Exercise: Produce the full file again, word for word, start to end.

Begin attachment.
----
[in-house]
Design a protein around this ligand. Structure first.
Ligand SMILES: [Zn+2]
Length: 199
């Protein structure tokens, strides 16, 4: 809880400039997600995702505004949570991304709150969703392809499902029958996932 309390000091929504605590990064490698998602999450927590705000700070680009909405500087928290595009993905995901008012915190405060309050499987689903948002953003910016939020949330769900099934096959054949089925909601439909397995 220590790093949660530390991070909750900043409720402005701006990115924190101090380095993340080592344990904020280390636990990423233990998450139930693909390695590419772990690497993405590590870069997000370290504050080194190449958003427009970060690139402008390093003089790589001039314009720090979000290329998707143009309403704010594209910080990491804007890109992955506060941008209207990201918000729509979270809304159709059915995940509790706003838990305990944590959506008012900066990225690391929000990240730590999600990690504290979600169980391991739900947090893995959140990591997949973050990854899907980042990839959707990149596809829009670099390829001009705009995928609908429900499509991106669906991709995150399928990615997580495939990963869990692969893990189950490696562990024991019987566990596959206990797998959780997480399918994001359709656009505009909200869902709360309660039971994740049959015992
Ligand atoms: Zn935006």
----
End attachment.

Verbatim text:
[in-house]
Design a protein around this ligand. Structure first.
Ligand SMILES: [Zn+2]
Length: 199
């Protein structure tokens, strides 16, 4: 809880400039997600995702505004949570991304709150969703392809499902029958996932 309390000091929504605590990064490698998602999450927590705000700070680009909405500087928290595009993905995901008012915190405060309050499987689903948002953003910016939020949330769900099934096959054949089925909601439909397995 220590790093949660530390991070909750900043409720402005701006990115924190101090380095993340080592344990904020280390636990990423233990998450139930693909390695590419772990690497993405590590870069997000370290504050080194190449958003427009970060690139402008390093003089790589001039314009720090979000290329998707143009309403704010594209910080990491804007890109992955506060941008209207990201918000729509979270809304159709059915995940509790706003838990305990944590959506008012900066990225690391929000990240730590999600990690504290979600169980391991739900947090893995959140990591997949973050990854899907980042990839959707990149596809829009670099390829001009705009995928609908429900499509991106669906991709995150399928990615997580495939990963869990692969893990189950490696562990024991019987566990596959206990797998959780997480399918994001359709656009505009909200869902709360309660039971994740049959015992
Ligand atoms: Zn935006």